James O. Tate

James O. Tate has been writing for Chronicles for 30 years and counting.

Latest by James O. Tate in Chronicles

Results: 210 Articles found.
  • November 2017

    The Vocal Scene

    Of course my account of “the vocal scene” is not by the late George Jellinek—that cultured gentleman of Hungarian background. He had an extensive, even encyclopedic knowledge of the history of singing.

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  • October 2017

    The Romantic Revival

    The first thing to say about the Romantic Revival is that the phrase itself is a bit ambiguous, though I haven’t meant to be misleading. Romanticism originally had an aspect of revival of the medieval, as in the Gothic revival and the revival of medieval romance.

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  • <em>Eine Kleiber Ist Genug—Nicht</em>
    September 2017

    Eine Kleiber Ist Genug—Nicht

    When Carlos Kleiber died in 2004, the world didn’t find it out until he had been gone for six days. The elusive maestro/uncanny conductor had escaped the exploitative notice of the press for one last time.

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  • The Reminiscences of Earl Wild
    August 2017

    The Reminiscences of Earl Wild

    I was thinking recently about Earl Wild for several reasons: his achievement as a pianist; his substantial and extended contribution to the “Romantic Revival” through his performances and recordings; and my own memories of exchanges with him after three of his appearances in New York City.

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  • July 2017

    Dance With the Devil in the Pale Moonlight

    There was a notable convergence some decades ago, one that was noticed musically as two separate and distinct phenomena, but not as a convergence—or even as a conspiracy, or a rivalry.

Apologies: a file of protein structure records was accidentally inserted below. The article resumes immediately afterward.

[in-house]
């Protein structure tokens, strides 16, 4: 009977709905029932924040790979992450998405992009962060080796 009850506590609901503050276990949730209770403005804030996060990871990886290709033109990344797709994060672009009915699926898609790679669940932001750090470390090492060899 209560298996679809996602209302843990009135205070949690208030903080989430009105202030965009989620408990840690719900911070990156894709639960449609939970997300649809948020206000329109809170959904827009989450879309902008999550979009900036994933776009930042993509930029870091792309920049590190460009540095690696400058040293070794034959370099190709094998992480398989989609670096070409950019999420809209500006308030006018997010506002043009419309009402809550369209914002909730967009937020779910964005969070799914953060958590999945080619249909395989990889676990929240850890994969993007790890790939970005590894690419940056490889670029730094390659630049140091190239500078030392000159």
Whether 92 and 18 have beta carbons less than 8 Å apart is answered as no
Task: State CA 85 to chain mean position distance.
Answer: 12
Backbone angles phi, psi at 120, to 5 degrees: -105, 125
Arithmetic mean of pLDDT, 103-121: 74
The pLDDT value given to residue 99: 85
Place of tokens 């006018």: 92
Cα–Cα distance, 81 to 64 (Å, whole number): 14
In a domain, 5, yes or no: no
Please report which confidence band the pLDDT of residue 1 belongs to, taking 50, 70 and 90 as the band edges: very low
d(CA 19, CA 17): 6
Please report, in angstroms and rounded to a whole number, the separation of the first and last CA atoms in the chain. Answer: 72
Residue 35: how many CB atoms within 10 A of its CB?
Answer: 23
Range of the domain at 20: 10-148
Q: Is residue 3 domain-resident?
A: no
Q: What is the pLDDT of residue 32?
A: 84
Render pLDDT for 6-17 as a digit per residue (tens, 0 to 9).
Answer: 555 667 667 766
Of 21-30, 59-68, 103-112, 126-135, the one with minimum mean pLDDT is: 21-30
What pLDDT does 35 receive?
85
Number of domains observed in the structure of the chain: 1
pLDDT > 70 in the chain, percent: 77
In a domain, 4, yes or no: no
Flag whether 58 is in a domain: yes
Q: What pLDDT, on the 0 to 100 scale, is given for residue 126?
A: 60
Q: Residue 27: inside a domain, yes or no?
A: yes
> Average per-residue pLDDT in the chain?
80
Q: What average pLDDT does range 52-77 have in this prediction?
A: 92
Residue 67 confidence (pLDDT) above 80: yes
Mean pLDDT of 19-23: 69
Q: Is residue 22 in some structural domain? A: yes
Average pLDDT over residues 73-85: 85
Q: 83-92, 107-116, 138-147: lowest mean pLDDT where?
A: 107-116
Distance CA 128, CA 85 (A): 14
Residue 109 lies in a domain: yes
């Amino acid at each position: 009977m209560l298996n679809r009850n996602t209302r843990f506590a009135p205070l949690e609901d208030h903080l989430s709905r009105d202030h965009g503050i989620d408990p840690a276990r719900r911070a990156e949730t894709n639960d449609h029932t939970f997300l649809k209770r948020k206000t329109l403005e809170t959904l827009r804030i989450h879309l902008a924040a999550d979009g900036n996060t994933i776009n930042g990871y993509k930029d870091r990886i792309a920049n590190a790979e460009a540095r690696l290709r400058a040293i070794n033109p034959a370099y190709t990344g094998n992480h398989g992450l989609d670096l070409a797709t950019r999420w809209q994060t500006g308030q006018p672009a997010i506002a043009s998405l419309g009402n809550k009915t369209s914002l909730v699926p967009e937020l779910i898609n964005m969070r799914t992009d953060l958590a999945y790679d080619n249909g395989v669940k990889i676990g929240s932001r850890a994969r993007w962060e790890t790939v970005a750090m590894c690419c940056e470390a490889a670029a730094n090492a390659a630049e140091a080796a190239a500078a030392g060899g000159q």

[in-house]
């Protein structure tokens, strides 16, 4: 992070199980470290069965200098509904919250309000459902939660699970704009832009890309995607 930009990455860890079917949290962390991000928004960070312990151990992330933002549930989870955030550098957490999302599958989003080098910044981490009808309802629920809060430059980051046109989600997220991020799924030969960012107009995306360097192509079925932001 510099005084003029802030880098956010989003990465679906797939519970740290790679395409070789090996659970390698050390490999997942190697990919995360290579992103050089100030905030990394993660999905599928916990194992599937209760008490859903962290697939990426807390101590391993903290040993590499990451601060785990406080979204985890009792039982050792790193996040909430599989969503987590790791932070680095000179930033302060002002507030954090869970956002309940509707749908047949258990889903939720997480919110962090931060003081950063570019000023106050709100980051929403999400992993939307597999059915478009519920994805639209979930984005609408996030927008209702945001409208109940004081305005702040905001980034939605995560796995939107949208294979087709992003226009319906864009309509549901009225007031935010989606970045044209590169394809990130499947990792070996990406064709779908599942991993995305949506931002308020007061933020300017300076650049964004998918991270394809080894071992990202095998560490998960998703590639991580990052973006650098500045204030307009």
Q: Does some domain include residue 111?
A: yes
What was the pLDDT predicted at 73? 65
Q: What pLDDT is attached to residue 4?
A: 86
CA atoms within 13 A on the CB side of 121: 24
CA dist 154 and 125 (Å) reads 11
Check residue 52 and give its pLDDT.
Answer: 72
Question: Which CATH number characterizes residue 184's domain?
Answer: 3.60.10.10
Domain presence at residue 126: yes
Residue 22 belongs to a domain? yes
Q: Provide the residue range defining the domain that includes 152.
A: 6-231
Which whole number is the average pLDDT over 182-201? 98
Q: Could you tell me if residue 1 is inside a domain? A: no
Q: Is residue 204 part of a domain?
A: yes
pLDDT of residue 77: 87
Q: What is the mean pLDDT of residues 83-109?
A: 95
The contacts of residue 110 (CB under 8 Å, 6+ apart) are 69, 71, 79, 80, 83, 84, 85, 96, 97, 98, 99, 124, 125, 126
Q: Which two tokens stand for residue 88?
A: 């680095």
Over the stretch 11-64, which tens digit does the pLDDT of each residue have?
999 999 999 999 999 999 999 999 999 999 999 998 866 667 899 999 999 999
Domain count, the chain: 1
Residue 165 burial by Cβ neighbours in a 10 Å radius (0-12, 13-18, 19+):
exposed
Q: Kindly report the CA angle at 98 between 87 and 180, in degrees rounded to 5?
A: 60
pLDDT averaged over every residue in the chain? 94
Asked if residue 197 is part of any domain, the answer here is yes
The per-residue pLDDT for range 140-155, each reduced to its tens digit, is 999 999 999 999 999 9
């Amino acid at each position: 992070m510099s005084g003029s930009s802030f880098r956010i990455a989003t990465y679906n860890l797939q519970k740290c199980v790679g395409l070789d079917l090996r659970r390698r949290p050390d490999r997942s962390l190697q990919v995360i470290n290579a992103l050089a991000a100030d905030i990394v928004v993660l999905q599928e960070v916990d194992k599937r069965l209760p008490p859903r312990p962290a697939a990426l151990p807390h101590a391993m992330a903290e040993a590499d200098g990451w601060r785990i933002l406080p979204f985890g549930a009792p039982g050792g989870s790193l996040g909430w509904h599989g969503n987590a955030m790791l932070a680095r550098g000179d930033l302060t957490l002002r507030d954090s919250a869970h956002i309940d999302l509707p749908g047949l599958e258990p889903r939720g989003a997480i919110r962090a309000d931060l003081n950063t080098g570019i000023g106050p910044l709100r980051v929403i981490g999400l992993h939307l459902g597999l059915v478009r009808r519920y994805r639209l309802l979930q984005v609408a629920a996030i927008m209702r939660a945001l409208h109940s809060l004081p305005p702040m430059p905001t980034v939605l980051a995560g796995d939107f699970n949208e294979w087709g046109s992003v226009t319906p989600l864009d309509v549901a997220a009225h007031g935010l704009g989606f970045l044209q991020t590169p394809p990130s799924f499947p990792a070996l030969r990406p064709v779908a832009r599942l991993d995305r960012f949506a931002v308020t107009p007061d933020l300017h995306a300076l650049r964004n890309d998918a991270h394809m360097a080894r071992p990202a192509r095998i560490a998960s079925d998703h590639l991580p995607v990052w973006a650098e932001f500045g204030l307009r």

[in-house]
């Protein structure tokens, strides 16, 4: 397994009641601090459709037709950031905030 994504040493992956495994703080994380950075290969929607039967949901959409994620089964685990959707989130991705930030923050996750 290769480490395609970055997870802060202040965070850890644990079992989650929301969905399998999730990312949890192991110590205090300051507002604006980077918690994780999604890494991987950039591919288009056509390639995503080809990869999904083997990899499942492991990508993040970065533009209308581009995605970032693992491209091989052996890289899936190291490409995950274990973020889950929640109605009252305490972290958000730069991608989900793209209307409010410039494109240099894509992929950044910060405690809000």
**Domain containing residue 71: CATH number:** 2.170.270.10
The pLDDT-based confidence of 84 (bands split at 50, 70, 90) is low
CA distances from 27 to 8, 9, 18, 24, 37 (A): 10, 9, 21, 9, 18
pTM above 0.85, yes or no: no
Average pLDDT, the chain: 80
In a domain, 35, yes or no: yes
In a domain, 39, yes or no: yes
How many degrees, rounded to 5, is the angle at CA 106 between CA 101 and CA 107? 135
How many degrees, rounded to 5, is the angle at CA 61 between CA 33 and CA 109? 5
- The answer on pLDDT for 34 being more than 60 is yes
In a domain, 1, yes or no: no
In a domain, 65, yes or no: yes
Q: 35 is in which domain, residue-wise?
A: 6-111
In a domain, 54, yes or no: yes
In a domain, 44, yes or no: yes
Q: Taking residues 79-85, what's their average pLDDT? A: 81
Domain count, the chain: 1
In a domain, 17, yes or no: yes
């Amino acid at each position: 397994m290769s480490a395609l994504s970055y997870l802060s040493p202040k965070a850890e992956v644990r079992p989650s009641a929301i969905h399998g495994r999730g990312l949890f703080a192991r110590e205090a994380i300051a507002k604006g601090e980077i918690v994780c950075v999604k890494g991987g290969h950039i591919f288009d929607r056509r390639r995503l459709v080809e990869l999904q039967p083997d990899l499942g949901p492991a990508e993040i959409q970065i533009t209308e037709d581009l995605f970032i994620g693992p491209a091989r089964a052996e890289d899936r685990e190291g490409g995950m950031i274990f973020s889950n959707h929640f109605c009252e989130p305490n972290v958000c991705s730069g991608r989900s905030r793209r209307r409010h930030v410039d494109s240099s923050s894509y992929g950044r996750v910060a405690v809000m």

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  • June 2017

    Rambling Rose

    As a literalist of the imagination, I have somehow supposed that the fall equinox on September 22 meant that according to astronomical rules, the roses would—with a clunk—stop blooming.

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  • May 2017

    The Bruckner Problem

    There is a Bruckner Problem, yes, or there are even Bruckner Problems, but I think that the longer we consider these problems, the less problematical they are. The first problem is, where to start?

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  • There Will Be Brahms
    April 2017

    There Will Be Brahms

    The subject of the Brahms Violin Concerto in D major (Op. 77) is fitting because we are talking about a work that is respected, which is one thing, but also loved, which is more. I had some special times with the Brahms Violin Concerto, even some special bad times, but I always come back to it.

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  • Doktor Faust und Der Busoni
    March 2017

    Doktor Faust und Der Busoni

    When they are so easily available for free, the opportunities on YouTube don’t leave much excuse for not taking advantage of them, even though in one particular case at least, the musical presentation is puzzling or unidiomatic or off-putting.

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  • From This Culture, They Say You Are Leaving
    February 2017

    From This Culture, They Say You Are Leaving

    If we really want to know what the musical situation is, rather than to entertain a fantasy of what it ought to be, we would have to acknowledge the realities of musical art in our postmodern age of digitalization.